After the disgraceful resignation of Health Secretary Tom Price and Sunday’s headline, “Food Stamp Benefits About to Drop,” I thought I would reach out to address my own SNAP problem.
I’ve made five visits to Social Services. My situation is very simple. Normally this time of the year I would be saving extra pay for the winter instead of one delay after another caused by heat, smoke and rain. I’m sure I’m not the only person in this situation. It’s going to be a struggle if winter lasts longer than usual.
First visit, a denial. I didn’t have an address. I was told “write your legislator if you don’t like it.” Second, another denial, although done a little more politely. Incomplete job verification. Third, wage verification. Fourth denial, wage verification discrepancy. Fifth, I stormed out of the office after the parameters regarding said wage verification changed with each of the five workers I saw.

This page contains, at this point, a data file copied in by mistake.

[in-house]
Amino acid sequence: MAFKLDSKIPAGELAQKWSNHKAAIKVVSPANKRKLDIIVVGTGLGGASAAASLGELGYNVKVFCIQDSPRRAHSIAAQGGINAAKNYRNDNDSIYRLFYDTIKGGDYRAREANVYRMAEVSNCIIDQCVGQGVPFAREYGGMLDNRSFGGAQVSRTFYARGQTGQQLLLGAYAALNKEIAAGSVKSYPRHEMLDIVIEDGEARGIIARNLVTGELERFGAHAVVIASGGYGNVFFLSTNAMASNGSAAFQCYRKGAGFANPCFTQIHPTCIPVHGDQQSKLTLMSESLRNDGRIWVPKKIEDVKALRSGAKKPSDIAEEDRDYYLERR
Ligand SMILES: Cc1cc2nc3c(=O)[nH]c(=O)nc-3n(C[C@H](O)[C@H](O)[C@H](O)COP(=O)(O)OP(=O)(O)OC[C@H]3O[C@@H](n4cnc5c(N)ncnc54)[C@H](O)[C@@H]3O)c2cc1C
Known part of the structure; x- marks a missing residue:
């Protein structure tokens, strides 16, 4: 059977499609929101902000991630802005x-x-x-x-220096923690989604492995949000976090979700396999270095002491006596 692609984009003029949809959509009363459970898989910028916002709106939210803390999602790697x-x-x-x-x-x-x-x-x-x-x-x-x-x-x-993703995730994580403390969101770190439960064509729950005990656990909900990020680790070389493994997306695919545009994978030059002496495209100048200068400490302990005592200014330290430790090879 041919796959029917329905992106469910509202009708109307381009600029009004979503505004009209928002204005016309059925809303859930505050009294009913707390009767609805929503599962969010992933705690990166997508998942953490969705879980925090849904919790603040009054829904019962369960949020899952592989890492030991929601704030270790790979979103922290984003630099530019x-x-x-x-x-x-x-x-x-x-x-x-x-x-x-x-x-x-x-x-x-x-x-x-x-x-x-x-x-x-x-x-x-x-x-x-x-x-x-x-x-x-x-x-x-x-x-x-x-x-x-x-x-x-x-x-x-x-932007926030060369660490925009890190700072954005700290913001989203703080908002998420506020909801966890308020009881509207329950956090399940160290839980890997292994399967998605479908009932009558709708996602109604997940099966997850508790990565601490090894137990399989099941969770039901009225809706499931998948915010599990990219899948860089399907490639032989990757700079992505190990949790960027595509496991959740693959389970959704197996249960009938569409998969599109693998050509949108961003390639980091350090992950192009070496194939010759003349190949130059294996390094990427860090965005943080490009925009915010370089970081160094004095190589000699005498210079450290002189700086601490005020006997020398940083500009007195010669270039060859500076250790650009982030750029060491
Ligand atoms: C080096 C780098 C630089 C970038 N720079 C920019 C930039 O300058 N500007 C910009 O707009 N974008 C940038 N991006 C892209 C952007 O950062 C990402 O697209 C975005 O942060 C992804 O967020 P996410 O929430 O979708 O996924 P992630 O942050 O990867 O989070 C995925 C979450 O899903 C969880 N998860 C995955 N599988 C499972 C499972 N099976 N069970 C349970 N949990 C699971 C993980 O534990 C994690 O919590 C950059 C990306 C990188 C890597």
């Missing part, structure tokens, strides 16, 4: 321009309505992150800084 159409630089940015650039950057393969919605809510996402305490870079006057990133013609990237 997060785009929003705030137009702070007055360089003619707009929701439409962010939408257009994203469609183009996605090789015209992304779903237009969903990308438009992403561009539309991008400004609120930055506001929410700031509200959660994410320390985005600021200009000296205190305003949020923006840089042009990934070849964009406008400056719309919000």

Each visit was about 30 minutes, where I watched a security guard monitor an empty office. Four or five social workers sat in sight not doing much of anything. Several more worked beyond the lobby. Maybe tasked with more unnecessary forensic audits. The staff within this office and the workforce program has grown at an alarming rate, while they claim the numbers in need have dropped.
I find this an interesting dilemma. Trying to get the public sector to understand when the demand for the workforce is less, so is the need for that workforce.